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Child Support

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Child Support Attorneys in Everett, WA (Snohomish County)

Unlike other family law issues, the establishment of child support is rather specifically and rigidly defined in Washington. Child support actions in fall into one of four categories—namely, actions to establish child support, adjust child support, modify child support, and/or for post-secondary child support. At Berner Law Group, PLLC, we are well versed in each and every one of them.

You and the other parent will have a duty to provide financial support to the child(ren). The amount you are expected to contribute for support of your child(ren) is directly related to the percentage of income between you and the other parent. The issues of daycare and medical insurance costs (discussed further below) are often in addition to basic child support. While both parents are expected to contribute financially to child support, only one parent will actually be required to make a payment on a monthly basis (i.e., the “transfer payment”). The other parent, most often the primary residential parent, will be responsible for the day-to-day management and expenditures associated with support of the child(ren).

Under Washington law, child support may be periodically adjusted to account for changes in circumstances between the parties. Child support obligations may also be modified based on a number of factors including the age of the children, changes in residential schedule, a child wishing to attend college after high school, or changes in the income of one or both parties.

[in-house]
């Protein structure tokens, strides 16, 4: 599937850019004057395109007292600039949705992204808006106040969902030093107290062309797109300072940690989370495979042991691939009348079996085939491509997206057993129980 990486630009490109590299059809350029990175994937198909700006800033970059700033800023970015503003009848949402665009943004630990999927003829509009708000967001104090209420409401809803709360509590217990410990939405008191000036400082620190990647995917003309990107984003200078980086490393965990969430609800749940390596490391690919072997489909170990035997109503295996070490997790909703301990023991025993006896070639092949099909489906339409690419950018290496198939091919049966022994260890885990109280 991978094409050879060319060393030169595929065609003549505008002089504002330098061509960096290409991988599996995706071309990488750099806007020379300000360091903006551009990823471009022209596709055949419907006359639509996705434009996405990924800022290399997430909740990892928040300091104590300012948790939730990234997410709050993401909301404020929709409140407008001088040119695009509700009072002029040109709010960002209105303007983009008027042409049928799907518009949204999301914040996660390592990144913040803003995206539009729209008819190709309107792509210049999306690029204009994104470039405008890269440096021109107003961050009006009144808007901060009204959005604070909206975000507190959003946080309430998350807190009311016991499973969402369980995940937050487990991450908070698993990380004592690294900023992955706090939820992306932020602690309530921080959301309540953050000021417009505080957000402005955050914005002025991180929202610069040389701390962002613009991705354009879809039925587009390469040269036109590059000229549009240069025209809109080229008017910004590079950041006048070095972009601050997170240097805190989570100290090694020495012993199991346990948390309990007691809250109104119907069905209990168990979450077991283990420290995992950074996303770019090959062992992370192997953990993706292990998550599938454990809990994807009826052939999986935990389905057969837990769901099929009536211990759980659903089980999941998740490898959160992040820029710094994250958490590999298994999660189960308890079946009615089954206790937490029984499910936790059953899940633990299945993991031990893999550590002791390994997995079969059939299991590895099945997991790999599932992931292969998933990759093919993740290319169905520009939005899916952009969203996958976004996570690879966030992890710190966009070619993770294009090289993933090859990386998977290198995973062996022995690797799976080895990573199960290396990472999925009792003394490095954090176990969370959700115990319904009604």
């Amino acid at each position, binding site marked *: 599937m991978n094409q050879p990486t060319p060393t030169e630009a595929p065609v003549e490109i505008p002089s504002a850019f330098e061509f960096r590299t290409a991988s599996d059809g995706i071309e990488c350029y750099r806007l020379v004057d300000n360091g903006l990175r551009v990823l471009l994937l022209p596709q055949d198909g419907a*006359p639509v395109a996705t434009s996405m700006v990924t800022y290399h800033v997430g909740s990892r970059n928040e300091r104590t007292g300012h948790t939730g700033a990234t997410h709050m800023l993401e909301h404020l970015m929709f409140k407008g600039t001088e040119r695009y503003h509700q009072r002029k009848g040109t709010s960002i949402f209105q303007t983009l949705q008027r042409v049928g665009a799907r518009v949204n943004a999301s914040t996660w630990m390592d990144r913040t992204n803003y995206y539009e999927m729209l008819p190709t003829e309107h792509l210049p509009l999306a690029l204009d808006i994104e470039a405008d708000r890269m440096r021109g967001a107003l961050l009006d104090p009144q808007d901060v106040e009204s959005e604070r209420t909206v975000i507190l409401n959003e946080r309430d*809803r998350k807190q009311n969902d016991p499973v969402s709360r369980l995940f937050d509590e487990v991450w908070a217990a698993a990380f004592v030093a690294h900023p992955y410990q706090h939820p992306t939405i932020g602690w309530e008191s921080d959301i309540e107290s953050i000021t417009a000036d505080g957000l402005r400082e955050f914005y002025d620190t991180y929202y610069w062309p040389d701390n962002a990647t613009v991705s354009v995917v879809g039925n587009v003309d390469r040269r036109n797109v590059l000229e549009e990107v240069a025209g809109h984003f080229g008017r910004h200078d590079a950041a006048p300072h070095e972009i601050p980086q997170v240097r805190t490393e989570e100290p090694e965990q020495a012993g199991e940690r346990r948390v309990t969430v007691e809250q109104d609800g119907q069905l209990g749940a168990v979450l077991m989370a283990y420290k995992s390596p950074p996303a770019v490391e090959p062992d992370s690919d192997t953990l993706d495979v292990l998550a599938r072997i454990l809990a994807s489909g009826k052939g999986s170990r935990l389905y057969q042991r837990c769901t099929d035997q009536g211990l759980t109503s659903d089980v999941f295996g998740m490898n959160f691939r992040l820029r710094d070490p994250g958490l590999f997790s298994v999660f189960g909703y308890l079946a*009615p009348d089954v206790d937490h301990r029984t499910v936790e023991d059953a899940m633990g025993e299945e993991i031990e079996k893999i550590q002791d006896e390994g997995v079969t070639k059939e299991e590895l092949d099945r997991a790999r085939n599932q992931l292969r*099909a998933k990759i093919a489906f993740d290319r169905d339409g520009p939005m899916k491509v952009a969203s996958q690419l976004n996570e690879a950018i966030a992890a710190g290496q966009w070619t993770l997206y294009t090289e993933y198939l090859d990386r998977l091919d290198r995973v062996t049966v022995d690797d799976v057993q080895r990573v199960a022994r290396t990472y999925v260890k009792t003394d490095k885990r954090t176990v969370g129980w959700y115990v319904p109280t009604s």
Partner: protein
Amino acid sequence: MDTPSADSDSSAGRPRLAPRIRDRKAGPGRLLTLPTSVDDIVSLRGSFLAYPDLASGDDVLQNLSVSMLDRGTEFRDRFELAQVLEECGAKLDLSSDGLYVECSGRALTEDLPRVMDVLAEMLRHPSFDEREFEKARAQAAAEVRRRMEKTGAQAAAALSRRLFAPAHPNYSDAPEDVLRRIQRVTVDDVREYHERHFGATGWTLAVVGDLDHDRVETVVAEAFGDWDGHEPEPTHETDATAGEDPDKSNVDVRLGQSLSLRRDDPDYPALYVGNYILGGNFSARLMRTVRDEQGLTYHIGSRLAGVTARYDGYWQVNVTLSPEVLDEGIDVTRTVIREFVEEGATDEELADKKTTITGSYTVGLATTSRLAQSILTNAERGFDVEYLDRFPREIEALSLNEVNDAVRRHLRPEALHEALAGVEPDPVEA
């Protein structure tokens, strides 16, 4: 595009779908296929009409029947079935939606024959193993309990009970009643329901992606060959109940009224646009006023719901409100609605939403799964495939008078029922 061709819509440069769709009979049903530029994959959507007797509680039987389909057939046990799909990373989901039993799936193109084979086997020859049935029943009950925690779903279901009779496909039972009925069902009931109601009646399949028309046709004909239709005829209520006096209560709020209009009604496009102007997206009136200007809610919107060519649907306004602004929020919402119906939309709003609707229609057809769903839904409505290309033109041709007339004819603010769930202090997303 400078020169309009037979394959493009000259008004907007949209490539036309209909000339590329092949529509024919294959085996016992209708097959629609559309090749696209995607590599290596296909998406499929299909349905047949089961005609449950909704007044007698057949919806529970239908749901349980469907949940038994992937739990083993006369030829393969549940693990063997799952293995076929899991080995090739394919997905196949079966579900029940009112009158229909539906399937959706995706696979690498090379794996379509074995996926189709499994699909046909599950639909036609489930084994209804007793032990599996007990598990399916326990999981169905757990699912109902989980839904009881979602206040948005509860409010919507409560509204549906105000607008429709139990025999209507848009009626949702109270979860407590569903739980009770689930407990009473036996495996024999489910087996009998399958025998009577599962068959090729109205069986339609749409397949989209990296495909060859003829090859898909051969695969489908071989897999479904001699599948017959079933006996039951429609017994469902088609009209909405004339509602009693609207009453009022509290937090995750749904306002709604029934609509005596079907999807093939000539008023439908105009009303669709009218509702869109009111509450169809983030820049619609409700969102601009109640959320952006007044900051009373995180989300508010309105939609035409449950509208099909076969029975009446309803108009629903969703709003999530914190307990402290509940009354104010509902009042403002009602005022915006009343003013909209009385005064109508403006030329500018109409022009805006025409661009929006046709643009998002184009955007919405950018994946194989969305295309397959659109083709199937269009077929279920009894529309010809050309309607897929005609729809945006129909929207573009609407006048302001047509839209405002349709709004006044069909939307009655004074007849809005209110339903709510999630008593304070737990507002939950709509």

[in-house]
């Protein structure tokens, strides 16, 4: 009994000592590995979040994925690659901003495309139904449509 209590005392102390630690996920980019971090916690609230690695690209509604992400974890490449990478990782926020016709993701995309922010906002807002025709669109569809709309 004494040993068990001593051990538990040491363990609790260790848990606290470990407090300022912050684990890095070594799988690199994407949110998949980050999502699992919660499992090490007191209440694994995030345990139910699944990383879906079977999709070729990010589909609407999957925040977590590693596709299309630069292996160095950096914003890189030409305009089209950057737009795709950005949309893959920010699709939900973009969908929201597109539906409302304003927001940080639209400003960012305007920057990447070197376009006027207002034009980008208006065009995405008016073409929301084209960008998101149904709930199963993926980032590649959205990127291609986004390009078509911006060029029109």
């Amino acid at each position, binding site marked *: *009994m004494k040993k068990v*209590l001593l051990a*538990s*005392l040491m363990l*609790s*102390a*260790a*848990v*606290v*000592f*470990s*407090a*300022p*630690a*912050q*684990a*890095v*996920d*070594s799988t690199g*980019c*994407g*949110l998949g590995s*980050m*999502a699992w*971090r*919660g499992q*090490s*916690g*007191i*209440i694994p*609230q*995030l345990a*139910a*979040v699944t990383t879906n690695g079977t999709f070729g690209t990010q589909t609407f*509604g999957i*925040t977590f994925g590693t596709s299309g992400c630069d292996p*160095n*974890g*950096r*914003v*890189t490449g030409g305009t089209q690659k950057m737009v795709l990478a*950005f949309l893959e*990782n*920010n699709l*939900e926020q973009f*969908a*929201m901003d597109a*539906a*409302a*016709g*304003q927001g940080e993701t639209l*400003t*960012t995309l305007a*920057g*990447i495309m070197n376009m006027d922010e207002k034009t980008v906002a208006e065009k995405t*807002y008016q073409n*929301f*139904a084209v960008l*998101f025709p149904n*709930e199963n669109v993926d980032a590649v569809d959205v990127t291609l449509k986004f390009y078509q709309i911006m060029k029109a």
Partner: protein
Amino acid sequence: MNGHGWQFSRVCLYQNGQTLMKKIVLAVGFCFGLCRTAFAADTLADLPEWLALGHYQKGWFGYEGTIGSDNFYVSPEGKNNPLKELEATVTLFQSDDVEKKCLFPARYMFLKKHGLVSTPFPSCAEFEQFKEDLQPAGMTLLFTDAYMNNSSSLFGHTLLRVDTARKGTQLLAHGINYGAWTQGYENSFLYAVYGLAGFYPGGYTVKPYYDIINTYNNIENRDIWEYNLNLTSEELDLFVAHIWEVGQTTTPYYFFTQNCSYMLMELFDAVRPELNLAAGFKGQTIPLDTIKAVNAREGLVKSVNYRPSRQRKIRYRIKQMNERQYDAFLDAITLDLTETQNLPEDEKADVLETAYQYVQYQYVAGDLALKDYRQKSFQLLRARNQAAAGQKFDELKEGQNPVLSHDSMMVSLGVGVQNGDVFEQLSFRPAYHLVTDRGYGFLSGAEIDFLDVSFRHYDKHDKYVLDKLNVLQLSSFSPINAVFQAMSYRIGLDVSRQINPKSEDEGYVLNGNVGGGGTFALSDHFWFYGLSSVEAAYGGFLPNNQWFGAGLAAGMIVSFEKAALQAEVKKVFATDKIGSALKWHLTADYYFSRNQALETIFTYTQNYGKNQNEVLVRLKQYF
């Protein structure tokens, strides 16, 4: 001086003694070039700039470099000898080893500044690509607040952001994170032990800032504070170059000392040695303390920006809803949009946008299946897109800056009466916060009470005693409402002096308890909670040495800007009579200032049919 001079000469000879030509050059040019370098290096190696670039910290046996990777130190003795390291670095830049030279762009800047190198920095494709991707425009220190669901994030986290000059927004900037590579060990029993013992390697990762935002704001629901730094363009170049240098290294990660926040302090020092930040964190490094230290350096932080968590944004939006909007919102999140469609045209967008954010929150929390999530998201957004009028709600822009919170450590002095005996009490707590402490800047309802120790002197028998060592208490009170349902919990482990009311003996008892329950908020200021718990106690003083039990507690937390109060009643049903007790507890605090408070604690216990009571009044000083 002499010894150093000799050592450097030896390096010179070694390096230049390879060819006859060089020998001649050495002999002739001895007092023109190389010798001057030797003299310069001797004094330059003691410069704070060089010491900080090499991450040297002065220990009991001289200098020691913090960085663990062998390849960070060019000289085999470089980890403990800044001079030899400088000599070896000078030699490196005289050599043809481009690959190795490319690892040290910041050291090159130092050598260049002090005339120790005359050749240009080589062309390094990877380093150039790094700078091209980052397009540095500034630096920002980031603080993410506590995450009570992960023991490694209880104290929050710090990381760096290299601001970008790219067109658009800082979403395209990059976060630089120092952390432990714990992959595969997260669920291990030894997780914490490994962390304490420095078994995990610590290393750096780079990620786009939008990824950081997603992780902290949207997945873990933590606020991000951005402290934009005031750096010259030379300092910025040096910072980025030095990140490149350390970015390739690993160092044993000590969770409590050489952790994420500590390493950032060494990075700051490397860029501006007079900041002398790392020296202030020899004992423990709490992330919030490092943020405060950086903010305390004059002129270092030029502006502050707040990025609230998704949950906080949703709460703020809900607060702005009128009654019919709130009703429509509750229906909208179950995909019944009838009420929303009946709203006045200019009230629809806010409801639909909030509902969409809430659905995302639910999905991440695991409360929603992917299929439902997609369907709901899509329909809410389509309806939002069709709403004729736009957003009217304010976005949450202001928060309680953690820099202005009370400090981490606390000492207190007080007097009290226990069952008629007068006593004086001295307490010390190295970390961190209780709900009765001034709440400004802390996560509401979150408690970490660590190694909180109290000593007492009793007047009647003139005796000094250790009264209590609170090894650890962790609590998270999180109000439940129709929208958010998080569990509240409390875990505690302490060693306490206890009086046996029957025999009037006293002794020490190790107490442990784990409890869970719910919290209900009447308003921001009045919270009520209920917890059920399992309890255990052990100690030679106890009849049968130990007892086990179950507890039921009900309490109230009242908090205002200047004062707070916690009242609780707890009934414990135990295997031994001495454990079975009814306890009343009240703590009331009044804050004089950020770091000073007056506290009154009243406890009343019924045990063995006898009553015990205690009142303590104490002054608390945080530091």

Although the parties may not believe child support is at issue, the Court is independently required to ensure that appropriate child support obligations are set in all family law cases involving children under the public policy argument that parents should support their children so that state taxpayers are not called upon to do so.

Calculating child support is not always straightforward, as support obligations are determined based on the net incomes of the parties. Determining what constitutes net income is consequential. For W-2 wage earners with no other sources of income, determining net income for purposes of setting child support obligations can be relatively straightforward. Calculating net income for the unemployed, underemployed, or for individuals who own businesses, investments, or have non-recurring income can be more difficult. The final figures can dramatically affect child support obligations. The more complicated your financial affairs are, the more critical it is to ensure you have an experienced family law attorney assisting you when determining child support obligations.

In addition to the basic child support obligation, parents are obligated to share in other child related expenses, often referred to as “extraordinary expenses.” Extraordinary expenses may include uninsured health care, education, private school, sports and other extracurricular activities, work-related childcare, travel, and other expenses that may be unique to a particular child.

Although not technically child support, the Court is able under certain conditions to require parents to pay for the higher education expenses of their adult children. Again, the sharing of these college support expenses is typically based on the parents’ net incomes. Once net incomes are determined, each parent’s pro rata share of the combined net income is determined.

If you need to establish a child support order, enforce an order, or if you have been served with or need to file a child support modification action, contact Berner Law Group, PLLC to speak with a child support lawyer/attorney in Snohomish County today! We’re conveniently located directly across the street from the Snohomish County Superior Court in downtown Everett.